In our view, the correction bottoming process has proceeded with a high degree of historical consistency to date. We have witnessed a decided reduction in selling pressure during the testing process, which is essential to a successful outcome. We now rate the stock market attractive for purchase on any weakness that occurs in the current area of the S&P 500 Index low 1300's, or any minor weakness that occurs below that level. We view any such stock market weakness as an attractive buying opportunity for subscribers seeking to add to stock market positions. We regard any additional testing and probing in this S&P 500 Index price range as an
opportunity to purchase equities at what we regard as bargain level prices.
Brinker continued talking to Gary: "I think that if you go back on any correction historically, you will find that there are always several reasons that the market corrects.....I think the catalyst for this correction more than anything else -- remember I've already gone over the fact that we already had the pre-conditions for a correction because we had a lot of people over on one side of the boat when the investor sentiment got to 75% bullish. That's a really high number. That's come down substantially to the current reading of 58%......You had a market at that point in late April that had gone up 80% pretty much in a straight line.....

...... I talked about the very insignificant correction from mid-January to early February. A period of only three weeks. A decline of only 8% in the S&P 500.....Other than that, we had no meaningful corrections going all the way back to March of last year.....So I believe that the market was ripe to have some sort of a profit taking period and certainly a correction was part of that. .....I don't think there's anything unusual about, but I do think it's healthy....I think what is does is it strips out of the market place a lot of people that don't belong in the market...

[Honey EC: "healthy correction"?? Beware, he was saying the same thing back in 2007 as the S&P was nearing it ALL-TIME-high.] September, 2007, Marketimer, Brinker said: "....highly favorable territory as the health restoring summer correction has significantly enhanced our market outlook into 2008." He added: "......anticipate significant stock market gains going forward."

Brinker continued talking to Gary:
"You know you get people that go into a market when it's rising. They tend to buy at very high levels, usually after the market's taken a big run and then they decide, oh wow, this looks like an easy deal, and then they join in. And usually at that point, it's too late. And that's what happens when you see these sentiment ratings getting up to 75%. That's a really high number, and when you see that, it's telling you that a lot of people are joining the party.....Well it's never easy. There's no room for complacency in stock market investing, and it's never easy. And those who think it's easy usually wind up finding out it's not as easy as they thought....."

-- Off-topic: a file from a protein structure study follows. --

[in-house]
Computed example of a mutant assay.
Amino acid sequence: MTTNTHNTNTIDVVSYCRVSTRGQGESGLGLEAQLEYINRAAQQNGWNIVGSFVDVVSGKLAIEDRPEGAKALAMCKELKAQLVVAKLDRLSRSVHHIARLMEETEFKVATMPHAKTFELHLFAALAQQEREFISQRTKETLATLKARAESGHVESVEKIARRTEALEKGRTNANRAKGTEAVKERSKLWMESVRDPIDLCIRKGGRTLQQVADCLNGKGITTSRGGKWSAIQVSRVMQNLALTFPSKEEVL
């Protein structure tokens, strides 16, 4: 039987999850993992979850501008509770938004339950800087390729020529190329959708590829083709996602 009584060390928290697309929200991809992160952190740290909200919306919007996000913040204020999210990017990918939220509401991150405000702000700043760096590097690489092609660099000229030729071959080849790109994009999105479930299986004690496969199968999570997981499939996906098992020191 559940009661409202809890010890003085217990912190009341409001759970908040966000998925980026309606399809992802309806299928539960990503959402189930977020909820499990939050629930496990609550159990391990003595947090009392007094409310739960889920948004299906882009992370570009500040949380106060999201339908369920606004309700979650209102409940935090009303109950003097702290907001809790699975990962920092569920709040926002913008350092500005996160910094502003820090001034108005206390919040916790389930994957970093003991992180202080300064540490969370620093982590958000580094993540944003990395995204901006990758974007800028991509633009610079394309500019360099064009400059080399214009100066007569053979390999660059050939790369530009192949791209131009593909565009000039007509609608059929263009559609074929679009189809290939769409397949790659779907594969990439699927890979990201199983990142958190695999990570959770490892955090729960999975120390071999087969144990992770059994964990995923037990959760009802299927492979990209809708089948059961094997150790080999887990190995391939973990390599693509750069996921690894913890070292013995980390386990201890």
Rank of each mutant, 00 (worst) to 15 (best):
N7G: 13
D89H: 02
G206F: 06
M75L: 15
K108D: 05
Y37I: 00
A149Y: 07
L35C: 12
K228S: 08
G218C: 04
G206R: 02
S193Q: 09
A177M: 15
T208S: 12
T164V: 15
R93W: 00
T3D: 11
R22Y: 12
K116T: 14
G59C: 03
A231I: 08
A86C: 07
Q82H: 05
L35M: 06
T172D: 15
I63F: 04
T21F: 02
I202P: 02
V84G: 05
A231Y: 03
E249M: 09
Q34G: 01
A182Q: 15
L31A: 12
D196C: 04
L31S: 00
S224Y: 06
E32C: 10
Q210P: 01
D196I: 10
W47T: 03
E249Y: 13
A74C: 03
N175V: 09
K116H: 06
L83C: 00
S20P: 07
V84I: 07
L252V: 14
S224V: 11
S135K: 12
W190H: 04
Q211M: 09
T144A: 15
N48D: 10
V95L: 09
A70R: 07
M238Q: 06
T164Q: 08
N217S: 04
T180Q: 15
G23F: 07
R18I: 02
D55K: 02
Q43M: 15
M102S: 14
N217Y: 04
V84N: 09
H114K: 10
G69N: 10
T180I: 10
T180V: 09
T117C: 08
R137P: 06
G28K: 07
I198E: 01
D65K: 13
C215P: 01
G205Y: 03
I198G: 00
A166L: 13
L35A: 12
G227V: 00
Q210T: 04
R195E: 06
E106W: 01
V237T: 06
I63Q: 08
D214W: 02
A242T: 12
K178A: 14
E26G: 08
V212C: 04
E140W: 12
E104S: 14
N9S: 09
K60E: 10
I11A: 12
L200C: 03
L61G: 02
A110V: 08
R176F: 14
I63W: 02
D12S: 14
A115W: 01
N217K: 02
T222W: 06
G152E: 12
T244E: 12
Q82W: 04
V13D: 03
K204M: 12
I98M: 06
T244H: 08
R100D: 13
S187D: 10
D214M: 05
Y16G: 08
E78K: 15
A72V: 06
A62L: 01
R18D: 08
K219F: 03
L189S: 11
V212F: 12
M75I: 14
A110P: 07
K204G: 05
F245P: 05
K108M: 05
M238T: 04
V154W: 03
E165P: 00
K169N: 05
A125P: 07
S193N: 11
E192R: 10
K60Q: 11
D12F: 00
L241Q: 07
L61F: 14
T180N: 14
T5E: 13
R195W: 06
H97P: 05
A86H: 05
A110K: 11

[Honey EC: Evidently Brinker thinks the "church of buy and hold" is a much nicer way to go. Both of his stock model-portfolios are underwater year-to-date -- again.]

Brinker concluded his comments to Gary:
"To answer your question very specifically, I think the market is driven by earnings. And I think corporate earnings are looking very, very good in 2010. And I think the outlook for 2011 is encouraging as we look forward.....I actually think when correction runs out of gas -- and I believe it will run out of gas, that we're going to see a market that is not only going back to the 1217 level of late April, but will rise above that level quite significantly, frankly. And I think those that go with that market are going to be happy campers....I can't join those who think it just gets worse and worse from here."

Brinker's guest-speaker was Douglas Irwin:

To Go is Available on Demand Totally Free at KGO810 radio for seven days after broadcast. The three hours of the Sunday-only program is archived in the 1-4pm time slots. To download and listen later, right click on each hour that you want and use "Save Link as." KGO Moneytalk Archives [Link] If you want to call KGO and complain about (or praise) Bob Brinker's Moneytalk, here are the numbers: Comments line: 415-216-1052....Listener services: 415-216-1050. Here is the KGO email address -- cut-and-paste it into your email compose window:

Dixiegeezer snapped these gorgeous purple water lilies: